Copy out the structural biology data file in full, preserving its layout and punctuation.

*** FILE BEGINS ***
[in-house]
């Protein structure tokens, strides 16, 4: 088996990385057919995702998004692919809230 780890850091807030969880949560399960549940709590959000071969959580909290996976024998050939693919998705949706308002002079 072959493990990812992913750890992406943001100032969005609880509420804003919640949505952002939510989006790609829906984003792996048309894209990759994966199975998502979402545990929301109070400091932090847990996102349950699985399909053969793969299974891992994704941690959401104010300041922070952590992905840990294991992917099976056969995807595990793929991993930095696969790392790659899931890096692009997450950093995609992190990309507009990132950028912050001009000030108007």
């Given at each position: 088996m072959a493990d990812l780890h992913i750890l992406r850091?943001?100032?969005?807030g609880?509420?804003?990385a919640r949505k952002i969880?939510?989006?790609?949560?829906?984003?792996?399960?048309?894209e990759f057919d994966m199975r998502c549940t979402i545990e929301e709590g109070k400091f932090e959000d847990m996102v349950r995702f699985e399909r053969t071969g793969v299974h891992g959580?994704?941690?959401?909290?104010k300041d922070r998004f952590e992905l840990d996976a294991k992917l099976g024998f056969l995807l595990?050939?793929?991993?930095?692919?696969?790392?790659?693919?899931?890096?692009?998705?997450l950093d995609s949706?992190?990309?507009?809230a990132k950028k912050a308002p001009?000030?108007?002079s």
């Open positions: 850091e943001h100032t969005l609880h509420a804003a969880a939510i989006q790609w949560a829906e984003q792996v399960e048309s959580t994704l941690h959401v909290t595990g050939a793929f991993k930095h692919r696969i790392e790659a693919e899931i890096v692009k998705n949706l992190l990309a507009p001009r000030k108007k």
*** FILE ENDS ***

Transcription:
[in-house]
């Protein structure tokens, strides 16, 4: 088996990385057919995702998004692919809230 780890850091807030969880949560399960549940709590959000071969959580909290996976024998050939693919998705949706308002002079 072959493990990812992913750890992406943001100032969005609880509420804003919640949505952002939510989006790609829906984003792996048309894209990759994966199975998502979402545990929301109070400091932090847990996102349950699985399909053969793969299974891992994704941690959401104010300041922070952590992905840990294991992917099976056969995807595990793929991993930095696969790392790659899931890096692009997450950093995609992190990309507009990132950028912050001009000030108007």
């Given at each position: 088996m072959a493990d990812l780890h992913i750890l992406r850091?943001?100032?969005?807030g609880?509420?804003?990385a919640r949505k952002i969880?939510?989006?790609?949560?829906?984003?792996?399960?048309?894209e990759f057919d994966m199975r998502c549940t979402i545990e929301e709590g109070k400091f932090e959000d847990m996102v349950r995702f699985e399909r053969t071969g793969v299974h891992g959580?994704?941690?959401?909290?104010k300041d922070r998004f952590e992905l840990d996976a294991k992917l099976g024998f056969l995807l595990?050939?793929?991993?930095?692919?696969?790392?790659?693919?899931?890096?692009?998705?997450l950093d995609s949706?992190?990309?507009?809230a990132k950028k912050a308002p001009?000030?108007?002079s």
């Open positions: 850091e943001h100032t969005l609880h509420a804003a969880a939510i989006q790609w949560a829906e984003q792996v399960e048309s959580t994704l941690h959401v909290t595990g050939a793929f991993k930095h692919r696969i790392e790659a693919e899931i890096v692009k998705n949706l992190l990309a507009p001009r000030k108007k």